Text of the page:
• For most cancers, males have higher incidence rates than females. This is in part expected with certain lifestyle and environmental exposure causes of cancer such as smoking and asbestos exposure also being higher in males. Cancers of the bladder, oesophagus, stomach and liver all had incidence rates more than twice as high in men than women.
    • Inequalities in cancer incidence in relation to socio-economic deprivation are one of the major concerns. Incidence rates for cancers of the lung, larynx, liver (in males) and oral cavity (in males) are at least double in the most deprived groups compared to the least deprived. Incidence rates were also significantly higher in the most deprived groups for cancers of the oropharynx, oral cavity (females), oesophagus, stomach, pancreas, colorectal (in males), anus, vulva, cervix, penis, kidney, bladder, Hodgkin lymphoma (males), non-Hodgkin lymphoma (females) and acute myeloid leukaemia in males.

Prevalence of Cancer

Prevalence refers to the number of people who have previously received a diagnosis of cancer and who are still alive at a given time. This reflects both the incidence of cancer and its associated survival pattern. High prevalence indicates high incidence and/or long survival, whereas low prevalence indicates low incidence and/or short survival.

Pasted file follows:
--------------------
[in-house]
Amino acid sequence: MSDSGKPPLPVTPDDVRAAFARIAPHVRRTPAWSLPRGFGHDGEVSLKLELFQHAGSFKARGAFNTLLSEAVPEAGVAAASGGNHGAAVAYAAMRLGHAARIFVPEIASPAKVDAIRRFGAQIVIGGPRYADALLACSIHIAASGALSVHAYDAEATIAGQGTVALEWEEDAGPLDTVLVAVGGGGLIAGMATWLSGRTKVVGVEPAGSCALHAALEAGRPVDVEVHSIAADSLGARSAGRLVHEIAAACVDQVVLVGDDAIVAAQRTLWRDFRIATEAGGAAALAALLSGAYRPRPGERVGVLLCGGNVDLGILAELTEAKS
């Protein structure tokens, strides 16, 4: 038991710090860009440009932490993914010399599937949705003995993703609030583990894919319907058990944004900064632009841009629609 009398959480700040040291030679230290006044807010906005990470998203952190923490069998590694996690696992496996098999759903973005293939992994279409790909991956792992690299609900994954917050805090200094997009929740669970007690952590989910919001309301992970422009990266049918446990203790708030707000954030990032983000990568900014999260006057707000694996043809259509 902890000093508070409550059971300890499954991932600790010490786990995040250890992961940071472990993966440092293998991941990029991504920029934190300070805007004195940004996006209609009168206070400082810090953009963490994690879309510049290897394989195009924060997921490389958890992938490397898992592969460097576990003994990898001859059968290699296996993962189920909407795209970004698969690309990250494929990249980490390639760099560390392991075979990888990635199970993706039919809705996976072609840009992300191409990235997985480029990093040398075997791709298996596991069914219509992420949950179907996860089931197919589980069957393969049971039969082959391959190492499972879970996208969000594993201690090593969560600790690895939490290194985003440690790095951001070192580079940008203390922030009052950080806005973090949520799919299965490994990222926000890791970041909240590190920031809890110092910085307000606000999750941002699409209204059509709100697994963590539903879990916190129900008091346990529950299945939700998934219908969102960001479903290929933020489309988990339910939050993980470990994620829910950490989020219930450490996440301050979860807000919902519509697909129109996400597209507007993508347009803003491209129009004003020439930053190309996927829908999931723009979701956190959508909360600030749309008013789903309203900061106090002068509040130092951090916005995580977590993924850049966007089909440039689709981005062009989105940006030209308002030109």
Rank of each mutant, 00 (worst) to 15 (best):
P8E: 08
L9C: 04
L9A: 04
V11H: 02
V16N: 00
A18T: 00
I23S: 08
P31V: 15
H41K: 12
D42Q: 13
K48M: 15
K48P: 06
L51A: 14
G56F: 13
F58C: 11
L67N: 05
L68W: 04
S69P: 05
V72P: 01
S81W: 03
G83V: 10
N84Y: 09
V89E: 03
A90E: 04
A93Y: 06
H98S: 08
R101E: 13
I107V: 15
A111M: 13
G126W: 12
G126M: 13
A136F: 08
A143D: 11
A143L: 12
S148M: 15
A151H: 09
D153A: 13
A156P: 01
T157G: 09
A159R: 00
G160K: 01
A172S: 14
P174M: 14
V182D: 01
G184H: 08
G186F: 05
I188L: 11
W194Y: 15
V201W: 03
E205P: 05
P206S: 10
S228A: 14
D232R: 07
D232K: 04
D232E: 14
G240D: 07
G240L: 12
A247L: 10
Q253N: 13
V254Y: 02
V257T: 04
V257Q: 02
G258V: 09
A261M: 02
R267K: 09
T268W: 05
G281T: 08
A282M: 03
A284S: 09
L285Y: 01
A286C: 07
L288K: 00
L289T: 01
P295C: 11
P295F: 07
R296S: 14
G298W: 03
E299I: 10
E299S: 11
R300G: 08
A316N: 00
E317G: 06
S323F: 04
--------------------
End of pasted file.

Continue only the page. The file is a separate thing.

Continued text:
Overall NHS Blackpool CCG has a slightly higher recorded prevalence of cancer compared with the national picture. During 2015/16 there were 4,723 people registered at NHS Blackpool CCG GP practices who had a previous diagnosis of cancer. This is a prevalence rate of 2.8% of the registered population of NHS Blackpool CCG which is significantly higher than the national prevalence rate of 2.4%.

Mortality from Cancer